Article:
ElephantVoices Joyce and Petter documenting elephant behavior in Amboseli National Park, Kenya. (©ElephantVoices)

    • Conservation: Continue to advocate for elephants against the ivory trade, trophy hunting, and the capture of elephants for captivity, in collaboration with our colleagues.
      As an elephant expert Joyce Poole is a member of the African Elephant Specialist Group (AfESG) of the Species Survival Commission of the IUCN and contributes time to the development of policies to conserve and protect elephants. All of our work has the conservation of elephants and conservation awareness at its core.


    • Research: Expand The Elephant Ethogram.
      This unique and fully searchable online database documents some 425 African elephant behaviors with written descriptions, educational video clips (Sept. 2021: 2400+ with detailed captions), audio with spectrograms (around 250 field recordings) and hundreds of photographs. We will: Expand The Elephant Ethogram with clips from our own Gorongosa footage, and rare behaviors contributed by colleagues, documentary film makers and members of the public; carry out field work in Amboseli, Kenya, for the same purpose, in late 2022 or early 2023; use it as a baseline in our comparative research on African forest and savanna elephant communication (see below); continue to promote it and utilize its contents for the best interest of elephants.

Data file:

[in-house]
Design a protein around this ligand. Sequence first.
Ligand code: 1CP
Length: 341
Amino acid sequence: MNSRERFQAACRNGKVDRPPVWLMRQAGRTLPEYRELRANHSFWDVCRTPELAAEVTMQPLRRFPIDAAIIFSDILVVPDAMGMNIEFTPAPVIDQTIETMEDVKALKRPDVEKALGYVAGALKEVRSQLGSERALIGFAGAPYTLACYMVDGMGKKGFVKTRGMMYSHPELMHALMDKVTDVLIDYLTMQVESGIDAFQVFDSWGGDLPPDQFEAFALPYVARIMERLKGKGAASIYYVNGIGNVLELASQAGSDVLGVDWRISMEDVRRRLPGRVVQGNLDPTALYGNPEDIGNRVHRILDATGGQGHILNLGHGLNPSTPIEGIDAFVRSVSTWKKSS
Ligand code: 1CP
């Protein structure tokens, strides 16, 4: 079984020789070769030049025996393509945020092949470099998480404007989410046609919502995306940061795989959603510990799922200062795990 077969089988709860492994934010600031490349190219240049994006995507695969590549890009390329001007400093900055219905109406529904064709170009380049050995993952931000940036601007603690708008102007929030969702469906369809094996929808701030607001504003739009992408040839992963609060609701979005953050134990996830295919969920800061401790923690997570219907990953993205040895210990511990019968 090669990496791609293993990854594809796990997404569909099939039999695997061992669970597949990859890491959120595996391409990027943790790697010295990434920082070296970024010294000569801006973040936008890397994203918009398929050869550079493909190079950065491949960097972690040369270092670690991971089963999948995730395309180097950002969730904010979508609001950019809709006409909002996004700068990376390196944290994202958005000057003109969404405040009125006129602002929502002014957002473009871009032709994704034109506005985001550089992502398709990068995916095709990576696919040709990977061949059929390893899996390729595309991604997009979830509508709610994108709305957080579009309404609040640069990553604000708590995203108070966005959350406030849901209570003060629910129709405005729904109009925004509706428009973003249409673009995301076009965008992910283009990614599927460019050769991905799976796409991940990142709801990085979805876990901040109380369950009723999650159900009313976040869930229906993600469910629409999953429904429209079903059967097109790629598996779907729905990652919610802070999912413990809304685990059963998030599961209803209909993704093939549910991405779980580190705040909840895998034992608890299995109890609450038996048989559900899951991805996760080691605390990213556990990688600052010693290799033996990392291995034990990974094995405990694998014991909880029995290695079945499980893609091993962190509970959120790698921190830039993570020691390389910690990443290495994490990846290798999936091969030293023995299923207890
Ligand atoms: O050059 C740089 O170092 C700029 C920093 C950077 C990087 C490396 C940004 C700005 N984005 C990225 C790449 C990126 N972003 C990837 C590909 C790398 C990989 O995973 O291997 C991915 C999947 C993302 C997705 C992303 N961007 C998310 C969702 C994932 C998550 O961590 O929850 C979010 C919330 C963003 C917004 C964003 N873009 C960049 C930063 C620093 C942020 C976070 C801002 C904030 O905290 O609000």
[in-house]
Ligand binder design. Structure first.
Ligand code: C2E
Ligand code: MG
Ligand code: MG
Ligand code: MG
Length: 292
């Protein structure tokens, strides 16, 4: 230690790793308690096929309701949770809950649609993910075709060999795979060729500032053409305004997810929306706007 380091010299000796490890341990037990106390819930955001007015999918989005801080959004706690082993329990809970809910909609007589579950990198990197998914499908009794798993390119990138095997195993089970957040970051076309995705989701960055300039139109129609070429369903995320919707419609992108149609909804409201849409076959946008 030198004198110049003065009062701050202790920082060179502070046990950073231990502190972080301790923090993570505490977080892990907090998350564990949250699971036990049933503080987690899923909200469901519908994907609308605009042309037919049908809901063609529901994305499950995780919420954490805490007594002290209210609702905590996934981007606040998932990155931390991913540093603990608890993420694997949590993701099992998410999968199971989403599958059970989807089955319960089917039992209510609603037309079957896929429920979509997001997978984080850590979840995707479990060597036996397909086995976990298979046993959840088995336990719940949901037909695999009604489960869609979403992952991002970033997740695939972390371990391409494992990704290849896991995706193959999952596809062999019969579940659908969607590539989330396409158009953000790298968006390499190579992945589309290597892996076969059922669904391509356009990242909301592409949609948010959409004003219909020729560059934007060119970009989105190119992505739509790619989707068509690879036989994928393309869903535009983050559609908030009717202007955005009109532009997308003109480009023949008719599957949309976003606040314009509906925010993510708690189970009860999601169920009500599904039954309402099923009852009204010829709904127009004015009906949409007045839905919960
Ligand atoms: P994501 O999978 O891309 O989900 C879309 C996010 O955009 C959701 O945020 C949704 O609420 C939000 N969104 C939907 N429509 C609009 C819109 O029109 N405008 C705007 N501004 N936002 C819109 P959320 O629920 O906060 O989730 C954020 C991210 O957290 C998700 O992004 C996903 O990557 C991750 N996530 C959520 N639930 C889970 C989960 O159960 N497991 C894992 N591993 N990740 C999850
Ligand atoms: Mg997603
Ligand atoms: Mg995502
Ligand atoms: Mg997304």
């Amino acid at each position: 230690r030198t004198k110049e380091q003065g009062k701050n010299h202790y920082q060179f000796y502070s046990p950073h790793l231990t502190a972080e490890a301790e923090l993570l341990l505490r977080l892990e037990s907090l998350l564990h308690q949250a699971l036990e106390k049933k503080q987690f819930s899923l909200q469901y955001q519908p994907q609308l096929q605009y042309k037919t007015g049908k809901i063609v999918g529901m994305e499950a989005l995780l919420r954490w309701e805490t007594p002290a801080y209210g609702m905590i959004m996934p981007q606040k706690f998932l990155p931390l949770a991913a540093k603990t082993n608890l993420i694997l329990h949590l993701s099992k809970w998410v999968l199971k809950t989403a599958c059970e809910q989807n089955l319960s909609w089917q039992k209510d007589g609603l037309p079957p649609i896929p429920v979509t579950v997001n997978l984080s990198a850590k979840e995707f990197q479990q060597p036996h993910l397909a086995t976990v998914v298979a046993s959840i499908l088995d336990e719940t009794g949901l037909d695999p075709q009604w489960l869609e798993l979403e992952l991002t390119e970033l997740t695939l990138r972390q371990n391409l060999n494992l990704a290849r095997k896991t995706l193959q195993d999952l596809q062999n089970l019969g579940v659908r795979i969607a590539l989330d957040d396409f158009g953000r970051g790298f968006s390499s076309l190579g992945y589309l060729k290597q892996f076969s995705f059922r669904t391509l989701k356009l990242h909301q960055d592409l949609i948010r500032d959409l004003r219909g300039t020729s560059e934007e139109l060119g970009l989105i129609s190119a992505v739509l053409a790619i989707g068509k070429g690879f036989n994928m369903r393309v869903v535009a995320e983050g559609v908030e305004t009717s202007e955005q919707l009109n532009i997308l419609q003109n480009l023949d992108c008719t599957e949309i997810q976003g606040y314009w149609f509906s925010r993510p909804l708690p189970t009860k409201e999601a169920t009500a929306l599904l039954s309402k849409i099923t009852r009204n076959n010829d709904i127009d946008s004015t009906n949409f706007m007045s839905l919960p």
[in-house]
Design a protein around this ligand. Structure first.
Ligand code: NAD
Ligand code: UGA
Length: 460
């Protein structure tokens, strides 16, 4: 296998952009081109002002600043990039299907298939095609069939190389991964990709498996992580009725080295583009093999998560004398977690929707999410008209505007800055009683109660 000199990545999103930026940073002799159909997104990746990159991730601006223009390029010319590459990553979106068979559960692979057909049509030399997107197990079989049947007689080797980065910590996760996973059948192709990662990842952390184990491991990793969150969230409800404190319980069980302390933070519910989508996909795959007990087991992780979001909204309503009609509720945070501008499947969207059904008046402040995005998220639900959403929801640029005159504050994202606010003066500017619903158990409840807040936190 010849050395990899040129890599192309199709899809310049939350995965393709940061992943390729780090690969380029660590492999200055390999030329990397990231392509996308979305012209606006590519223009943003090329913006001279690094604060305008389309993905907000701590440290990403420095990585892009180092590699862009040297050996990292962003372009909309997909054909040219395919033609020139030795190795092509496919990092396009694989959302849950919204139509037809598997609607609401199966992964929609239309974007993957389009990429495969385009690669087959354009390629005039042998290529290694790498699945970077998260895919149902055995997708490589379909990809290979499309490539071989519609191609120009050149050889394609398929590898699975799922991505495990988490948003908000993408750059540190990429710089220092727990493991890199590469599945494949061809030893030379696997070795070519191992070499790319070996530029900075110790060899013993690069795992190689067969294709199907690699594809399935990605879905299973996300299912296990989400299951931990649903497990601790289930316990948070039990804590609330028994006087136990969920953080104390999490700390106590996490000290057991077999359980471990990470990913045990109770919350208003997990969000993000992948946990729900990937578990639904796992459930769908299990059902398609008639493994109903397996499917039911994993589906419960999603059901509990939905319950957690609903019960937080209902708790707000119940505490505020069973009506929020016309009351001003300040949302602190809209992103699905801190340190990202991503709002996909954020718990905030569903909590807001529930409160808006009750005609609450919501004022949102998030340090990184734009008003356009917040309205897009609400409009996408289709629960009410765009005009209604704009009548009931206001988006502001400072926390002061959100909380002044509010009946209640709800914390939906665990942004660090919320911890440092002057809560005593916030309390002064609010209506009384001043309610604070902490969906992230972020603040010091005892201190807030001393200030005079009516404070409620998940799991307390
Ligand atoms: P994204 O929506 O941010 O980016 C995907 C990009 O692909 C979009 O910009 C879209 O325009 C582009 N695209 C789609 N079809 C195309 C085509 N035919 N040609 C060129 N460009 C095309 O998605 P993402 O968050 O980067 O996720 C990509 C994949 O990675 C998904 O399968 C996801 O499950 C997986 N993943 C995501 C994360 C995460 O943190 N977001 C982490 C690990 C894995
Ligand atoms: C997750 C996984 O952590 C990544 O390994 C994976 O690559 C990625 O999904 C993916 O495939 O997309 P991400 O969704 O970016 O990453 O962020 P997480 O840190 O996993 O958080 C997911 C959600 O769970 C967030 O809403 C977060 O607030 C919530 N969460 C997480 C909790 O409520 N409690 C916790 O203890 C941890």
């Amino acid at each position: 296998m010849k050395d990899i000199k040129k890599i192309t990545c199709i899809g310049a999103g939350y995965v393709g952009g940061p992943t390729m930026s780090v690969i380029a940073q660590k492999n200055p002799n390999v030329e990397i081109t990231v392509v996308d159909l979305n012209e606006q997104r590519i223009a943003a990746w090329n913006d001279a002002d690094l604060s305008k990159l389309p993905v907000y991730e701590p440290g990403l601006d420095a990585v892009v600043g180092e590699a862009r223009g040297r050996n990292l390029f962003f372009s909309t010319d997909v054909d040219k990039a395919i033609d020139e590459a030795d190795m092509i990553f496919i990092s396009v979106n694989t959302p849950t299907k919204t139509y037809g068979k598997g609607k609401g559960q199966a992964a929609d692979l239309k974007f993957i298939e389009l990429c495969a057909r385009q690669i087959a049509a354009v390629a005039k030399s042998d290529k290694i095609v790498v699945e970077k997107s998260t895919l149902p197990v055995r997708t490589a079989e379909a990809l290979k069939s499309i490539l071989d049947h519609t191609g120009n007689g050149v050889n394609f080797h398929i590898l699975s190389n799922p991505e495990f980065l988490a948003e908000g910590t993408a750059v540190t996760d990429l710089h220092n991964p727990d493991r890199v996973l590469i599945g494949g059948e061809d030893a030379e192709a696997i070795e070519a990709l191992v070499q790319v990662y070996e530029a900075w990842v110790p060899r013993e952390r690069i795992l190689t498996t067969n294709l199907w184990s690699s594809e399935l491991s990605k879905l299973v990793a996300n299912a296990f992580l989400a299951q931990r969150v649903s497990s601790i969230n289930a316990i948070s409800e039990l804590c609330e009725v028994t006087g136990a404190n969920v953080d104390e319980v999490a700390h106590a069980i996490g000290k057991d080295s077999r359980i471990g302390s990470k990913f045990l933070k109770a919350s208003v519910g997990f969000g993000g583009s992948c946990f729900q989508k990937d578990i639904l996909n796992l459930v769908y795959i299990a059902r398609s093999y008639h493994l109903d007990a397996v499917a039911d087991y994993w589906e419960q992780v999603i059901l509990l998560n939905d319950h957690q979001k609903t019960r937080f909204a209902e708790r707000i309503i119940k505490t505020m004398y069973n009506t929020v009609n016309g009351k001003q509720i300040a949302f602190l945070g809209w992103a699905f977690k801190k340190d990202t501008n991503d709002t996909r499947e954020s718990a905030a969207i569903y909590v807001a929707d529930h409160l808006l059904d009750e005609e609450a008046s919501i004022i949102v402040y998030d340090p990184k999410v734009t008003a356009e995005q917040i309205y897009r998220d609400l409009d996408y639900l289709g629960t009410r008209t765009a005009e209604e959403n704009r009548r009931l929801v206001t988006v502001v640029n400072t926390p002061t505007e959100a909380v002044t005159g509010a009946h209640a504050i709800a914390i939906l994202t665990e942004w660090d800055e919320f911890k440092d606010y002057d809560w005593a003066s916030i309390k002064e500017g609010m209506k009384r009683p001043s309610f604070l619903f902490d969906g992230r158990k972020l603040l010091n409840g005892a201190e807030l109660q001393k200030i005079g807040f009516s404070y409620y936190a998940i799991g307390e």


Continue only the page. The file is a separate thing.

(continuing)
There continues to be substantial interest in The Elephant Ethogram by international media; some key links are included on it's Introduction page. Broad interest in The Elephant Ethogram highlights the fascination the public has with elephant behavior and communication and the role our research and education via The Elephant Ethogram can have in promoting conservation awareness.


    • Research: Develop the Elephant Calls Database (ECD) in Claris FileMaker Pro.